Parents always want the best for their children, including a quality education. Unfortunately, education expenses can fall far down on the list of priorities in the midst of a divorce, when custody and other financial considerations become urgent issues. Unfortunately, there is no law that guarantees payments for education beyond that available through public. There is also no law that can force a parent to pay for education expenses beyond secondary school (high school).
Private Primary/Secondary Education
There are many reasons for parents to seek out private education. Sometimes the parents are seeking a better education, sometimes the parents are seeking an environment better suited to a student with special. However, when divorce strikes, private education can often be one of the sacrifices that parents have to make in order to survive the financial realities of running two separate households. Often the parent who maintains primary custody of the children is the parent with the lower income, making it nearly impossible for that parent to afford private education on a meager income, even supplemented by statutory child support. Fortunately, there are laws in place to require a noncustodial parent to pay for a private education, when the funds are available and other circumstances justify the expense.
College education is treated very different from primary and secondary education. Georgia statutes only obligation a parent to support a child until the child reaches the age of majority, or until age 20 if the child is still in high school. There is no allowance for parents to support adult children through college. However, most divorces are settled between the parties, and not by the court through a trial. Parties can agree to obligations beyond those required by law. In many cases, the parents have worked hard to prepare their children to do well in life and value the advantages of a college education. Parents often include provisions in their settlement agreements that address how they will assist their children with college expenses. This is often a negotiating point that can help the parties reach a settlement in a contentious divorce, because it helps ensure continued support for the children beyond the time period a court can require.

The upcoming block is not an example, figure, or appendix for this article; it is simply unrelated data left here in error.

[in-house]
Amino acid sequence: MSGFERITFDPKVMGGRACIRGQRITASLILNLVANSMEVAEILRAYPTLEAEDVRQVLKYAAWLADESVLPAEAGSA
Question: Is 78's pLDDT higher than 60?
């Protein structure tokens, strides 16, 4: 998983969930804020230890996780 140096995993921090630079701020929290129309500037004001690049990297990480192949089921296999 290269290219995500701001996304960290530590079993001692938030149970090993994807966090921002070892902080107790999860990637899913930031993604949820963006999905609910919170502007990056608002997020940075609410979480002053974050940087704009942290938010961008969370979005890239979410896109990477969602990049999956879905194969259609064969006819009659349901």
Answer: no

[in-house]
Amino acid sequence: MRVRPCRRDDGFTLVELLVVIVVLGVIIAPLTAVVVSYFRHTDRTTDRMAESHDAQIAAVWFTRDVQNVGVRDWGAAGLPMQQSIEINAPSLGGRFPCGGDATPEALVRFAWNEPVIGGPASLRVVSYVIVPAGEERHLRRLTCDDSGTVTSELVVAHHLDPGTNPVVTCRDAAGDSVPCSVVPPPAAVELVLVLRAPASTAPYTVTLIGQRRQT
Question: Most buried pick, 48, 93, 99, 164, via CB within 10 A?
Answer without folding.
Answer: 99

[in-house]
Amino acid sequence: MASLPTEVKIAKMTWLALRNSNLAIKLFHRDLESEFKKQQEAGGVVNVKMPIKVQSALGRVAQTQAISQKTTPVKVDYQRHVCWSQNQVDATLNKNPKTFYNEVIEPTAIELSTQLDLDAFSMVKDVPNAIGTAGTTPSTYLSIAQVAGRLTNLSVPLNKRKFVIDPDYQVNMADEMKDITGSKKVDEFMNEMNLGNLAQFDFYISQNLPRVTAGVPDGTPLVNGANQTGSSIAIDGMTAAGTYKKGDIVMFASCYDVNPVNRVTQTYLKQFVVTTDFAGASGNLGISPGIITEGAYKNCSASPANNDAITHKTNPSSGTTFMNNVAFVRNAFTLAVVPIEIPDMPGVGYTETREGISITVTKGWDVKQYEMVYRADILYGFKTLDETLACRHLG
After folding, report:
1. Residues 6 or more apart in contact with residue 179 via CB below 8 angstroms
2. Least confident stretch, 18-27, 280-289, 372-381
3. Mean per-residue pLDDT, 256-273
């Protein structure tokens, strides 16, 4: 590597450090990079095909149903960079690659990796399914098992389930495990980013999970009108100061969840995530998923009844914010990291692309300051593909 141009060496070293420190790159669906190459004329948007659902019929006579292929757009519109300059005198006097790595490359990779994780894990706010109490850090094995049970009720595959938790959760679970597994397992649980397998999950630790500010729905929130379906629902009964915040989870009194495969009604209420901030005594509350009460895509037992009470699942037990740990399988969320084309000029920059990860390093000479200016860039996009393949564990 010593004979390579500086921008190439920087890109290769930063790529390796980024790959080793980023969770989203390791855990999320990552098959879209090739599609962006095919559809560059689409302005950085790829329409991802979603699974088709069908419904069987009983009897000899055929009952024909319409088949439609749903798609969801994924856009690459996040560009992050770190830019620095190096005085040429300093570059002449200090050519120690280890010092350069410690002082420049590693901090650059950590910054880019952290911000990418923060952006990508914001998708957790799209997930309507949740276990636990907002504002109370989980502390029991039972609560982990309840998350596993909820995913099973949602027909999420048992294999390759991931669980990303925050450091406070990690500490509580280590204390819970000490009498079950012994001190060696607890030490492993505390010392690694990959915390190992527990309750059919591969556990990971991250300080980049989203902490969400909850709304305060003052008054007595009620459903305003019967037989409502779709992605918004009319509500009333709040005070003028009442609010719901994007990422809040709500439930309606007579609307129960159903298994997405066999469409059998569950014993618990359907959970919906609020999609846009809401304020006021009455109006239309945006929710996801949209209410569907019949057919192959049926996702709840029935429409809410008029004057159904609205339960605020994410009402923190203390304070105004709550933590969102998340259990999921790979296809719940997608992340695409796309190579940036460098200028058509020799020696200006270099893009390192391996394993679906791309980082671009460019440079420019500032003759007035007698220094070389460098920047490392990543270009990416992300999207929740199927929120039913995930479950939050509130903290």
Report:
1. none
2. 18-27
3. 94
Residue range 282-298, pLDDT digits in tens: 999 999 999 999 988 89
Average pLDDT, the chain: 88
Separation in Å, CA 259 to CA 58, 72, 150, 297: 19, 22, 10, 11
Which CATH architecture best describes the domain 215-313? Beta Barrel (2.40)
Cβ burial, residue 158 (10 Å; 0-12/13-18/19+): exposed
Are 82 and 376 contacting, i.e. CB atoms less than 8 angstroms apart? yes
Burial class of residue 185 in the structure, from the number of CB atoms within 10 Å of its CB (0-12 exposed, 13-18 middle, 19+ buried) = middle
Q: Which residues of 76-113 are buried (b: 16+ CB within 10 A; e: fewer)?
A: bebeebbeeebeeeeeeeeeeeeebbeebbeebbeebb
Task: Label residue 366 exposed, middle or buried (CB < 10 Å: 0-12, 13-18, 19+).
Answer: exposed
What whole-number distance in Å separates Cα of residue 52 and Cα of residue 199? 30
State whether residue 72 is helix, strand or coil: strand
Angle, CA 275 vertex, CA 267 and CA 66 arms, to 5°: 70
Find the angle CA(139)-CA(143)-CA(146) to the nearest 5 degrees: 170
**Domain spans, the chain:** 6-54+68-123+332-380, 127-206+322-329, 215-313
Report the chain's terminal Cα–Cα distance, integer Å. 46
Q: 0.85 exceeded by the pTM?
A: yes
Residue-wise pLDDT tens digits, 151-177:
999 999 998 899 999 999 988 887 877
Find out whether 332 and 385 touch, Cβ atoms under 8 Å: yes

This brief review of the issues barely scratches the surface of the complex issues involving financing children’s education. If you need to speak to an attorney regarding issues with your children and divorce, call 678-535-3232 to schedule an appointment with a Paulding County Family Law attorney (serving primarily Paulding County, Bartow County, Cobb County, Douglas County, Haralson County, and Polk County).